While there is no standard recipe or secret to success, there is one common denominator that exists among all successful people and organizations throughout New Zealand, Australia and North America – and that’s fearlessness. But fearlessness doesn’t mean being born without fear. We all have fears. We all have certain moments in our lives when we doubt ourselves or feel we’re bound to fail. Fearlessness isn’t about being immune to such feelings. It’s about conquering these fears.
Being fearless means:
- Not being afraid of failure
- Not being afraid to take risks
- Not being afraid of being wrong
- Not being afraid of angering people or disrupting the status quo
And while we’ve seen this fearless trait in some of the world’s most renowned success stories (Steve Jobs, Donald Trump), it isn’t something that’s reserved for the rich and famous. Small business owners, artists, crafters, and everyday folks can discover their own personal success through the simple act of fearlessness.
So, what does a normal, everyday person do in order to be fearless? They aren’t afraid to ask for what they want. They embrace new technology without trepidation. They not only stop fearing the scorn of others, but they embrace it. They have a goal or vision and they have the gall to go after it. These are the traits you need to subscribe to in order to find success in your personal and professional life.
Be fearless, but don’t be stupid
We often think that teenagers are fearless because the stunts they pull at times. More often than not, however, that’s not fearlessness. That’s just pure stupidity (with apologies to all the teens out there reading this). Fearlessness is not about taking unnecessary risks; it’s about knowing how to rationalize and determine if the payoff of certain risks outweigh the potential drawbacks or ill effects.
Success in failure
Many people consider success to be when we succeed at something. That seems pretty logical, doesn’t it? You set out to build the world’s greatest WhoseyDoneIt, and you become successful when the WhoseyDoneIt is on the shelves being sold by the boatload.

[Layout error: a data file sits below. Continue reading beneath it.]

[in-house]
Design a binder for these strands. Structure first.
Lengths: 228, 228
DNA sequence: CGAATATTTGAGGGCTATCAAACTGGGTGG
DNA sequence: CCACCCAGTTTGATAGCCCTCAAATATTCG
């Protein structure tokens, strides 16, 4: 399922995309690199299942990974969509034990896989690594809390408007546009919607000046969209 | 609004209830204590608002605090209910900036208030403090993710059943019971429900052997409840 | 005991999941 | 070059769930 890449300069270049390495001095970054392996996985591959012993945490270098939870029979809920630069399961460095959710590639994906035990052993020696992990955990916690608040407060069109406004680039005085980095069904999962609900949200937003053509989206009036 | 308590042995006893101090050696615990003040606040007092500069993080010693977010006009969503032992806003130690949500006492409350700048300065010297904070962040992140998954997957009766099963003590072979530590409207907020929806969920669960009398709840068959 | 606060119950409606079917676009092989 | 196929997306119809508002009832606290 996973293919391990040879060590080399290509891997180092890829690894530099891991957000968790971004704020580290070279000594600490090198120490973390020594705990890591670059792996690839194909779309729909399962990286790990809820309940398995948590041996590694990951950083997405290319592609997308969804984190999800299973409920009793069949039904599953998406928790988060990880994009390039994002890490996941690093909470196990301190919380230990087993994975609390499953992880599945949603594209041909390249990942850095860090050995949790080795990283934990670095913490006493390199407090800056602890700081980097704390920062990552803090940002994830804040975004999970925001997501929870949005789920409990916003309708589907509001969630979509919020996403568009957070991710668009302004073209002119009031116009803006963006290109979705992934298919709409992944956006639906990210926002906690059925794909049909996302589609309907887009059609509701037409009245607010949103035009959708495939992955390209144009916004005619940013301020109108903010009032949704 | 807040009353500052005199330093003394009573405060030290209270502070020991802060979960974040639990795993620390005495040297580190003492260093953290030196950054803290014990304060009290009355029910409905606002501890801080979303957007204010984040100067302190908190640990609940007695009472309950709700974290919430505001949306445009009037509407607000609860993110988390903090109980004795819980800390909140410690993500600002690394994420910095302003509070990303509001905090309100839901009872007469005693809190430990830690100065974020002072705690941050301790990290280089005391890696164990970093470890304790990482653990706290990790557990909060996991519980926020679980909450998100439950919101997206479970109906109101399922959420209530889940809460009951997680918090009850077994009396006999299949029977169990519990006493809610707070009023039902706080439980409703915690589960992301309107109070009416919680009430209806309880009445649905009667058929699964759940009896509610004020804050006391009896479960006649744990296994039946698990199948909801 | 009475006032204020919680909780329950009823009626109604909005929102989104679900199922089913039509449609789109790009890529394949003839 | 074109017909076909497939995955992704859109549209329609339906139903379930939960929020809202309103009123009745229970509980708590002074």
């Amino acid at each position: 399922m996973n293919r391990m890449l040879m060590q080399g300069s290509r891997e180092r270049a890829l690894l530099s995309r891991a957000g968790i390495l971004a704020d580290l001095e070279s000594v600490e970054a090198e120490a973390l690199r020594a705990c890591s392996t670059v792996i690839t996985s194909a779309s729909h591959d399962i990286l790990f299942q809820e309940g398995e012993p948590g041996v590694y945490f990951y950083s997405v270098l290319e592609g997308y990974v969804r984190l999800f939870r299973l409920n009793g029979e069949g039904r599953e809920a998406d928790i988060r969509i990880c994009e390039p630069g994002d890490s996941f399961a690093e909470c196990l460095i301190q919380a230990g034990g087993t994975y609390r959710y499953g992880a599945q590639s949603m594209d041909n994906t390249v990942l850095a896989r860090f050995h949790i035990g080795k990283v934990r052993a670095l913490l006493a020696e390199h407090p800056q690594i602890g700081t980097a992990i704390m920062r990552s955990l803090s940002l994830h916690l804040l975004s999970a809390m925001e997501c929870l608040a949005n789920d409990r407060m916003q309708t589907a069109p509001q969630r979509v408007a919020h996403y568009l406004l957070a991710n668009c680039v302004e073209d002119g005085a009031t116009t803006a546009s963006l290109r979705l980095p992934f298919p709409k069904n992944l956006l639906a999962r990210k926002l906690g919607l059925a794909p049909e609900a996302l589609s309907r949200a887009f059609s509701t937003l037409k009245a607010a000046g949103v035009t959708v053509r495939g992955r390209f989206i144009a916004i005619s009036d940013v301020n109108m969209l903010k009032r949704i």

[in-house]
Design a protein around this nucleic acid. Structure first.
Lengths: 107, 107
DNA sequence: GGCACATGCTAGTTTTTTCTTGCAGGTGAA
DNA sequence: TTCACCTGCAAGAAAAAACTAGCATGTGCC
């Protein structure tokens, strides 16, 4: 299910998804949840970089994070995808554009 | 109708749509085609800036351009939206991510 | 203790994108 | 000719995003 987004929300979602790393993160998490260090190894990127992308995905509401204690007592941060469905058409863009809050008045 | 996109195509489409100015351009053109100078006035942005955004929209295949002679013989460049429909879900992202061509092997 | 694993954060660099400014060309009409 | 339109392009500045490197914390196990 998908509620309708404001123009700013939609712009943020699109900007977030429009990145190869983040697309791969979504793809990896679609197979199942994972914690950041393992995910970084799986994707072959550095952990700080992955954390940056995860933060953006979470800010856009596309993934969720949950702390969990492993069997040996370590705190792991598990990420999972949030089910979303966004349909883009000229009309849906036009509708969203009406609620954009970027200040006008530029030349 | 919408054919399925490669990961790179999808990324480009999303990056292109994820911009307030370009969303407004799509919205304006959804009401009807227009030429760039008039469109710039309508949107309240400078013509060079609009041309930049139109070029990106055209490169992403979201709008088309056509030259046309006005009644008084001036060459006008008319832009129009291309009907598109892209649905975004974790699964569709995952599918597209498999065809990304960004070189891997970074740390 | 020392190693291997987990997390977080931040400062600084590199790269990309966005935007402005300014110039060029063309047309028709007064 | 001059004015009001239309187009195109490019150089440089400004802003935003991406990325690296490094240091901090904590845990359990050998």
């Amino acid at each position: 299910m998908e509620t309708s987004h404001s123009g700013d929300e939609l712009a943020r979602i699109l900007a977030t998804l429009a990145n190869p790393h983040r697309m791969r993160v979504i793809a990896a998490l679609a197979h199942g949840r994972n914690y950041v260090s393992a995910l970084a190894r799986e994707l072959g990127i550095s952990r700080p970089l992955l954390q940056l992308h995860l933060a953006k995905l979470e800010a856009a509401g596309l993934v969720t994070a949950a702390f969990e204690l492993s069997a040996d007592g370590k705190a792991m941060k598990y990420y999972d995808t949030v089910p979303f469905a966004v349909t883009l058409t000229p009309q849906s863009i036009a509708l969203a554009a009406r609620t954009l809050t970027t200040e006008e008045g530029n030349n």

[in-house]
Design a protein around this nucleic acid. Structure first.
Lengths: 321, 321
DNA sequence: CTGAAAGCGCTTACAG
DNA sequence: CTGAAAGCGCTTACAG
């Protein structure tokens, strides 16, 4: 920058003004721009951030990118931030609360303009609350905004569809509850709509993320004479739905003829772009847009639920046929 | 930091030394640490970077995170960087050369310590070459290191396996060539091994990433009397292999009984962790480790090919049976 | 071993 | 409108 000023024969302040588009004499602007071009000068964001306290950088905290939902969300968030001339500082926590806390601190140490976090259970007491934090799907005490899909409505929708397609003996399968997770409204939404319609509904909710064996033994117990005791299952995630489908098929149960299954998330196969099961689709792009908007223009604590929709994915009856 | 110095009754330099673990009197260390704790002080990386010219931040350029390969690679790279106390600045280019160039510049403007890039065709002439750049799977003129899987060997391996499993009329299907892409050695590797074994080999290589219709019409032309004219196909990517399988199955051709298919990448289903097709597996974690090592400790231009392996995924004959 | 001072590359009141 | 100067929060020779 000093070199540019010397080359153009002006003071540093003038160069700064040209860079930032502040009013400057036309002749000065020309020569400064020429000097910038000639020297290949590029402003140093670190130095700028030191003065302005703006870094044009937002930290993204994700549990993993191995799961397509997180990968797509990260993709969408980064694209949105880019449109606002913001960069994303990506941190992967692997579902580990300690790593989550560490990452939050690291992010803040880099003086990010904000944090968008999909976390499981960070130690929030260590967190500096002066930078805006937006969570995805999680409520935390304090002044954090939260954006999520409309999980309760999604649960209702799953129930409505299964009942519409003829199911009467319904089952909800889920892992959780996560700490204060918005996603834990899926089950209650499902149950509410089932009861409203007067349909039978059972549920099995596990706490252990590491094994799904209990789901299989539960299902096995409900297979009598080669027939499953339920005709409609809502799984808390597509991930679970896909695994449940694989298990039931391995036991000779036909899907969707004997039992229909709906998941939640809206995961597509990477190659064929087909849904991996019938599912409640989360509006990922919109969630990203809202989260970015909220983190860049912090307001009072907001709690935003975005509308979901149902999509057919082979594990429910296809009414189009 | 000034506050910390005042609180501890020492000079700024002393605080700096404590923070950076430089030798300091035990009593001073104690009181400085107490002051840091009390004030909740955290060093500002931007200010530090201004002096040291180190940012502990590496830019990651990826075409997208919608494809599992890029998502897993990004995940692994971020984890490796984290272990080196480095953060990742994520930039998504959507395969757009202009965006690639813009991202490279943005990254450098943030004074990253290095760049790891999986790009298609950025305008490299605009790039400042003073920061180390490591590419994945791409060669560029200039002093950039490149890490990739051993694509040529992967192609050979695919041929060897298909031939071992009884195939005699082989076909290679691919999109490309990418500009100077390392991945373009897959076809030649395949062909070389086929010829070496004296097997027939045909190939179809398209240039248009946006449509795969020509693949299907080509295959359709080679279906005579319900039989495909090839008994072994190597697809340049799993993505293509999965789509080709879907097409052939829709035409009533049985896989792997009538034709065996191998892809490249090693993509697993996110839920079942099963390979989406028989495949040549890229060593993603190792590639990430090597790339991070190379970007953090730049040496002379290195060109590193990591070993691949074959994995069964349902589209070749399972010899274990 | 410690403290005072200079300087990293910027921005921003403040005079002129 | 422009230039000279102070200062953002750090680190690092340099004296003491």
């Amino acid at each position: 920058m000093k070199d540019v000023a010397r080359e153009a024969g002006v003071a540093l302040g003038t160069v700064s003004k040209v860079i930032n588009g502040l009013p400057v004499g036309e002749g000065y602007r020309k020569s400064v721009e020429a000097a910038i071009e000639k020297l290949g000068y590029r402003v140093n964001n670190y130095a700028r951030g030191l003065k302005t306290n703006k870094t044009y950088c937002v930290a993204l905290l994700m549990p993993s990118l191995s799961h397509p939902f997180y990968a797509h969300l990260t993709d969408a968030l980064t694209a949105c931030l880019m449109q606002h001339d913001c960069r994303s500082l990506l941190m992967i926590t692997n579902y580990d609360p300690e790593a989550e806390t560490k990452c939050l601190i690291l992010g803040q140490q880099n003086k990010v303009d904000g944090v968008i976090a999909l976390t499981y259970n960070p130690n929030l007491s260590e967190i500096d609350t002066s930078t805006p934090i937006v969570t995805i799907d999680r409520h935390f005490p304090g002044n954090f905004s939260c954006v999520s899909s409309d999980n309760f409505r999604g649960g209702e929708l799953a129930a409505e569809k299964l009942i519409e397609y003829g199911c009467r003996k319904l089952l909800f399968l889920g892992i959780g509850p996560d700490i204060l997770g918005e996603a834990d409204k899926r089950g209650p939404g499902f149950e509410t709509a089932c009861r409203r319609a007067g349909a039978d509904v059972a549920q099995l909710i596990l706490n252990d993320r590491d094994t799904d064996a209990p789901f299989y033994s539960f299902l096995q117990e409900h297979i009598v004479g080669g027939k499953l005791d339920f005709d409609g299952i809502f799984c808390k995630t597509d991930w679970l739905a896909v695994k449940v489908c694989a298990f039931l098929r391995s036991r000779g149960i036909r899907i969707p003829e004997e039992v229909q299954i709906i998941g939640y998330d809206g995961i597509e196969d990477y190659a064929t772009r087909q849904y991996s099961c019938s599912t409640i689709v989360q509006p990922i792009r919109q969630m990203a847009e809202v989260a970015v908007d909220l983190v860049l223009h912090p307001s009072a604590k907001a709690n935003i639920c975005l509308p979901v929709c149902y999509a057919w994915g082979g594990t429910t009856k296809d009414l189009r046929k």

But success doesn’t always come packaged as cleanly as that. Sometimes, our success can come from failure. One of the greatest examples of success that came from failure was the post-it note. The post-it note’s origin came from the desire to build a certain type of glue. But the glue didn’t stick very well. The project was a failure.
Or was it?
While the original idea didn’t come to fruition, the not-quite-sticky glue became the baseline for a multibillion dollar idea – the post-it. Billions of dollars of success, all stemming from one massive failure.
The makers of the post-it note could have easily given up their dreams for a super adhesive, and thus robbed this world of the post-it note (not to mention themselves of billions of dollars). But because of their fearlessness, they weren’t afraid of being wrong, and they weren’t afraid of taking risks. They chalked up their failure as part of the learning process, and reexamined their path.
You can do the same in your personal life.
Where there’s bad glue, there’s the foundation of your success
3M was the company behind the post-it note, but one man, Arthur Fry, is credited as the mind behind the invention. There’s very little separating you from a person like Fry. The only significant difference, perhaps, is that Fry isn’t afraid of failure. He’s not scared of being wrong.
Each and every day we come across our “bad glue” moments – times when reality fell short of our expectations, or when we didn’t live up to what we demand of ourselves. Rather than view these as failures, embrace them as precursors to a bigger and better outcome. Fry did it with his post-it note. Why can’t you do it in your own life?
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